Motorcycle Insurance

All About Insurance

Facts About Insuring Your Ride

Washington State does not require that you have insurance to use a motorcycle, but it certainly is a wise move. Liability insurance covers people and property that you might damage; comprehensive coverage includes you and your vehicle. When comprehensive insurance covers medical costs, it is a wise buy, especially if your personal health insurance has high co-pays and deductibles. Comprehensive coverage only covers the cost of damage to your bike, and since motorcycles cost less than cars, it will be cheaper than your automobile comprehensive insurance. Liability insurance can protect you from huge debts if someone is badly hurt in an accident you cause (or when you are part of the cause). Remember that passengers are only covered by liability insurance.

We can advise you in broad terms about cutting the cost of your motorcycle insurance, but your best bet it to use an agent you trust, who will know your state’s requirements and be familiar with the policies of several insurance companies. We’re using discounts offered by Allstate; other companies may offer more or less in percent discounted and may not offer all of the ones we mention or may offer other discounts. It pays to check around.

On American Pickers, Frank makes his best deals by bundling. That concept works when you buy motorcycle insurance, too. You can save up to 30% by bundling your motorcycle and automobile or homeowners insurance. Additional motorcycles on the same policy save 10% or more.

In general, the amount you pay for insurance depends on how much the insurance company thinks it is risking on you and your vehicle. Younger riders pay more than experienced riders, and if you have a track record of accidents and moving violations, you’ll pay more for insurance than those with a clean record. Allstate gives a discount of up to 10% if you’ve had only minor violations and no accidents in the last five years. In any case, you can often get a discount (5% at Allstate) by taking an approved motorcycle safety course. And belonging to certain specified organizations (American Motorcycle Association, for example) can give you an added 5% discount on your Allstate liability insurance.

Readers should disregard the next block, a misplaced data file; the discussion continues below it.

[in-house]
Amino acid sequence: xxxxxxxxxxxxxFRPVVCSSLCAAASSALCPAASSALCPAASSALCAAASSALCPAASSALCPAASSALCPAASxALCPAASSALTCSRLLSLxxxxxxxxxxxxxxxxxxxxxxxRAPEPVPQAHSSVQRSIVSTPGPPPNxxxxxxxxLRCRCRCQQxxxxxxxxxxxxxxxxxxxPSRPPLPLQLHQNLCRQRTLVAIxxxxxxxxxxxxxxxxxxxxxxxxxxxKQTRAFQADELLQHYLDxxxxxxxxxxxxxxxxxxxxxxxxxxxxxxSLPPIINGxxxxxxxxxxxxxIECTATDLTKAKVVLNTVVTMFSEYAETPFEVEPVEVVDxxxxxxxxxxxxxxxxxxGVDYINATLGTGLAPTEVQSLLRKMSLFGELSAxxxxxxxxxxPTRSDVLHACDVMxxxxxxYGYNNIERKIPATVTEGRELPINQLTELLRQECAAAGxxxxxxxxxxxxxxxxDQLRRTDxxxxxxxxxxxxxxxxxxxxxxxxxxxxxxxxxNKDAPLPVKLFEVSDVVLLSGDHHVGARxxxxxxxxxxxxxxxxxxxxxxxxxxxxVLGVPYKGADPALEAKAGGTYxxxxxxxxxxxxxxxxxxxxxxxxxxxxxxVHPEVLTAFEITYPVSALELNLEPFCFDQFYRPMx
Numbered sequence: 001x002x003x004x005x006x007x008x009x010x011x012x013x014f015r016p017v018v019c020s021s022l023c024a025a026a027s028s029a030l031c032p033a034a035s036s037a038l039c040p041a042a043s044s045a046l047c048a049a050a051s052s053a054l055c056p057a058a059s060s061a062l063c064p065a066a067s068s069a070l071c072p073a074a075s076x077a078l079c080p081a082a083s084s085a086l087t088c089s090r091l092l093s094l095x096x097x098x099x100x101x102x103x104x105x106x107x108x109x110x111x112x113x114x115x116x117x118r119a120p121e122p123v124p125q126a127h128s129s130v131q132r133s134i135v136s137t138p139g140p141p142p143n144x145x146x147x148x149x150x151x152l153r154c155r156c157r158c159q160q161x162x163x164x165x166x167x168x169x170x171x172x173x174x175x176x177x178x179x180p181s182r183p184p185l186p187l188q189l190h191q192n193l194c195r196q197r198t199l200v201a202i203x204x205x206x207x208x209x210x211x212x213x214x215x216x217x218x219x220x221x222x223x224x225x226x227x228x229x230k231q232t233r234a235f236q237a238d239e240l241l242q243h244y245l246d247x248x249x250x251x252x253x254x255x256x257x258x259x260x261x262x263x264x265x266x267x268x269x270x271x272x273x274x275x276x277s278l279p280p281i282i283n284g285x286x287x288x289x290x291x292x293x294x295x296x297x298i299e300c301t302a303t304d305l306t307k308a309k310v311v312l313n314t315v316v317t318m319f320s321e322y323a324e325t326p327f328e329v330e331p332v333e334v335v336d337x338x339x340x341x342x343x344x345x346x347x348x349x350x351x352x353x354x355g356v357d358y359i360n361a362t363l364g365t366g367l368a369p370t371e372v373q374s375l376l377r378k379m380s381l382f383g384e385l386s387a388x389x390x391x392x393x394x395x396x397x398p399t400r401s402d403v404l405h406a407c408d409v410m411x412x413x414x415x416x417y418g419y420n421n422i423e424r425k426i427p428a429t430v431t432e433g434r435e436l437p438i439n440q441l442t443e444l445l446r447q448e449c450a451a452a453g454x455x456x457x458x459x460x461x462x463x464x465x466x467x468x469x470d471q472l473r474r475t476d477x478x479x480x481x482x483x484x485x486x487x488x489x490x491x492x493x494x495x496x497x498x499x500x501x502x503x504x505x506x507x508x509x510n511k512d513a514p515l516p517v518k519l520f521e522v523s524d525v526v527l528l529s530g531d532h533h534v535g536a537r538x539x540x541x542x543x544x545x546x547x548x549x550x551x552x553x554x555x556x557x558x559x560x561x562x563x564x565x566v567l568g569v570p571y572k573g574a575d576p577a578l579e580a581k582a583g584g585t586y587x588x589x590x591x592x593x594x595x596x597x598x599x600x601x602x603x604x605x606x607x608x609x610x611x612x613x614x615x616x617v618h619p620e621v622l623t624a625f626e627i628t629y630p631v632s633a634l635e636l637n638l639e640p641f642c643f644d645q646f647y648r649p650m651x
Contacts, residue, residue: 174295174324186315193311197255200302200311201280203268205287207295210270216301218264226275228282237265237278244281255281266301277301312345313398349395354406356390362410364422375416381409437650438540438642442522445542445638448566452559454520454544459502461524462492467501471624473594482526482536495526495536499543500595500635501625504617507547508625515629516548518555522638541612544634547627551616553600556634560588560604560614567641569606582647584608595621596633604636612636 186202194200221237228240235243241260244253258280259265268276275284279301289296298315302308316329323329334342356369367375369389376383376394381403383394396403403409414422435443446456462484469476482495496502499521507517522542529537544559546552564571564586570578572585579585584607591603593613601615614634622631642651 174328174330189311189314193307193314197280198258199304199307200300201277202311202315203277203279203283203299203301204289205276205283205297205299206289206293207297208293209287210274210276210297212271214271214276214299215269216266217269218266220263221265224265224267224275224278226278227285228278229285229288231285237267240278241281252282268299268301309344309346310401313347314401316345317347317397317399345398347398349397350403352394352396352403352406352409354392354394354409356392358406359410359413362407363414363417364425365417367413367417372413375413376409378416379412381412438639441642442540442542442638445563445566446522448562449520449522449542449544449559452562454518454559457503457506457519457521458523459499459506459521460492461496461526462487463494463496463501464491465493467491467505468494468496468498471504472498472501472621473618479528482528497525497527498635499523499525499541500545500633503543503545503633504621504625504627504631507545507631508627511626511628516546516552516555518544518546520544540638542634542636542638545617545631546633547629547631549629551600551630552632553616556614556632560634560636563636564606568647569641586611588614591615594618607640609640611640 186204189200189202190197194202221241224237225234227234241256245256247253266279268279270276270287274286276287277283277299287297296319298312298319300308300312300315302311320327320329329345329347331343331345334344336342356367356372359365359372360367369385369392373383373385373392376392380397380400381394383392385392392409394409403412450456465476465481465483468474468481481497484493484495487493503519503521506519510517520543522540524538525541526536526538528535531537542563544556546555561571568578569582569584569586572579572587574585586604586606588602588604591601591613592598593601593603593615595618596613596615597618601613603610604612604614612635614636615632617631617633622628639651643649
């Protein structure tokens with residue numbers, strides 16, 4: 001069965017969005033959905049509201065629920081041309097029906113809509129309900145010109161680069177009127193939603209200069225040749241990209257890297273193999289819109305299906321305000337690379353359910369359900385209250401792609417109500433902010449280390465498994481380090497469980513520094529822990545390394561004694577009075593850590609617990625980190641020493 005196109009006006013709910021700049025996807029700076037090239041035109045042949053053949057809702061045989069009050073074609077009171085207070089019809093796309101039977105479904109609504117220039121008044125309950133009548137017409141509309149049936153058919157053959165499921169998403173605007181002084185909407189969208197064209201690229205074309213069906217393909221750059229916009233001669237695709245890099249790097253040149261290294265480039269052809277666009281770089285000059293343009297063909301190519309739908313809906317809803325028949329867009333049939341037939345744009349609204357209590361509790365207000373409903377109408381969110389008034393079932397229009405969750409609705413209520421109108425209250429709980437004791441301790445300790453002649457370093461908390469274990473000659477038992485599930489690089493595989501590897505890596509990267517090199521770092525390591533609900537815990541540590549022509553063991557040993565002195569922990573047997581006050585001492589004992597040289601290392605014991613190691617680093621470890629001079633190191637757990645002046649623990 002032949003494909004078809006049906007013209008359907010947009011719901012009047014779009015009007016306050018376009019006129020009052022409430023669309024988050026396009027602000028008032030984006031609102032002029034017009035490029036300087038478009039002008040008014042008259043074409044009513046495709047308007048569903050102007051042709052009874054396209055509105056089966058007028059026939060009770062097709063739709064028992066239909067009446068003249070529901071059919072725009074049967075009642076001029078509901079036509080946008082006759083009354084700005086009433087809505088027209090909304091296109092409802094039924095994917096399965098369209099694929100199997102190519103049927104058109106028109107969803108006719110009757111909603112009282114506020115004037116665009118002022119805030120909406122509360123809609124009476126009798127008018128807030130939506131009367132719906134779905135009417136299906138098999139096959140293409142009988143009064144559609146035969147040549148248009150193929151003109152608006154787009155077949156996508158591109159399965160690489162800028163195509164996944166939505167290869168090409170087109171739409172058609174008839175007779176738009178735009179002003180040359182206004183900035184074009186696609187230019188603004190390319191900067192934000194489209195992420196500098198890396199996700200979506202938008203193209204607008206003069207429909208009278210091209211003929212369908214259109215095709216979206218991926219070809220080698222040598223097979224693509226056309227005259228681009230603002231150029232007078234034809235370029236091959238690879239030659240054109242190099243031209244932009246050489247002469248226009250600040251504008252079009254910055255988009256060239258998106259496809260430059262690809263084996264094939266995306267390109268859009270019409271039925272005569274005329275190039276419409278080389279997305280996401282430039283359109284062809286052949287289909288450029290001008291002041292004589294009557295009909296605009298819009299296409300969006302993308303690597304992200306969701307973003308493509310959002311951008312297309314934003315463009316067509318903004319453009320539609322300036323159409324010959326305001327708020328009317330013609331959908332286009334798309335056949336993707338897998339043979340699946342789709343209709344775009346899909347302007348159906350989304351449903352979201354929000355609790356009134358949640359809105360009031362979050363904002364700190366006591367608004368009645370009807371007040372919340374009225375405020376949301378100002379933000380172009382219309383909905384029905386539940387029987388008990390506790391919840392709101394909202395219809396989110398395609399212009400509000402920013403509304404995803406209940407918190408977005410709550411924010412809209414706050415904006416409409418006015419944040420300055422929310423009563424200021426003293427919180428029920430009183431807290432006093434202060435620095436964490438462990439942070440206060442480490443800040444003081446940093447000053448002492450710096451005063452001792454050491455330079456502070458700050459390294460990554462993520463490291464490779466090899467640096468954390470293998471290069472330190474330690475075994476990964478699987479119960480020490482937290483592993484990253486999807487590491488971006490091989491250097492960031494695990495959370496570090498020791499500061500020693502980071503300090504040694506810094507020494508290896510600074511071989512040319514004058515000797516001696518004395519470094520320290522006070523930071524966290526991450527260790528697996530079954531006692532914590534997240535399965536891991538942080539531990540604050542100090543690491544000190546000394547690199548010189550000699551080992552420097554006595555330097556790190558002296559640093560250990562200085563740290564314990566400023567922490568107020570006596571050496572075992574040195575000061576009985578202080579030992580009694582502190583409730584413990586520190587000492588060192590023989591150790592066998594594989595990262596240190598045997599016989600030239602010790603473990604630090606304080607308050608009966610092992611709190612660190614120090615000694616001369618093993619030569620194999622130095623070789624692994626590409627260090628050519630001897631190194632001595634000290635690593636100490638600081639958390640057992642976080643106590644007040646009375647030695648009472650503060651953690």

Many factors go into setting the rate (before figuring discounts). For instance, an older, stodgier bike costs less to insure than a newer, flashier one. Older stodgier people get a break too—AARP members can get a discount at Hartford, for instance. And the more you drive, the more you’ll pay. Where you keep and ride your bike can also make a difference. If you live in a high-crime area, you’ll pay more. And you’ll pay more if you live in “tornado alley” or another natural danger zone. But, if you can keep your motorcycle in a garage, you may pay less (Allstate doesn’t mention this one).

A helpful website that reviews several insurance companies, giving an overview of their costs and their reputations is here. It’s a good place to start your pre-shopping research. Whatever insurance you buy, be sure it covers your worst-case scenario—that’s what it’s for.

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